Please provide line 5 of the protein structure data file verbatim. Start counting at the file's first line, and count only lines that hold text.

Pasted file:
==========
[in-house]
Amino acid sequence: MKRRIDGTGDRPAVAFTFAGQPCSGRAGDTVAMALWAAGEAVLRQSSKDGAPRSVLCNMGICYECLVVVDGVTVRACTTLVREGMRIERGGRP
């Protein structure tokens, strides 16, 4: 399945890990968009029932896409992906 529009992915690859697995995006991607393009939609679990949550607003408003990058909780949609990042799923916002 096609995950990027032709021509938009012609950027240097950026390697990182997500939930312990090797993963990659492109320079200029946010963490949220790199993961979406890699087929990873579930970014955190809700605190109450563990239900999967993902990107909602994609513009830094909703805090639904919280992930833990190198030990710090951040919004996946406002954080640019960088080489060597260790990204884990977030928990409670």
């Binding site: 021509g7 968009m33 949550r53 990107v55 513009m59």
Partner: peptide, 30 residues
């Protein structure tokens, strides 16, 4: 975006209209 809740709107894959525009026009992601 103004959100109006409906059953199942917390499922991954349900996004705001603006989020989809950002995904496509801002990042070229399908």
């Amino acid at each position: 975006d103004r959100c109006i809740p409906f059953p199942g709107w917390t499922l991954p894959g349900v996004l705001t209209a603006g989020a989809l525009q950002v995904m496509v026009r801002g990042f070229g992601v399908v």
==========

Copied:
Partner: peptide, 30 residues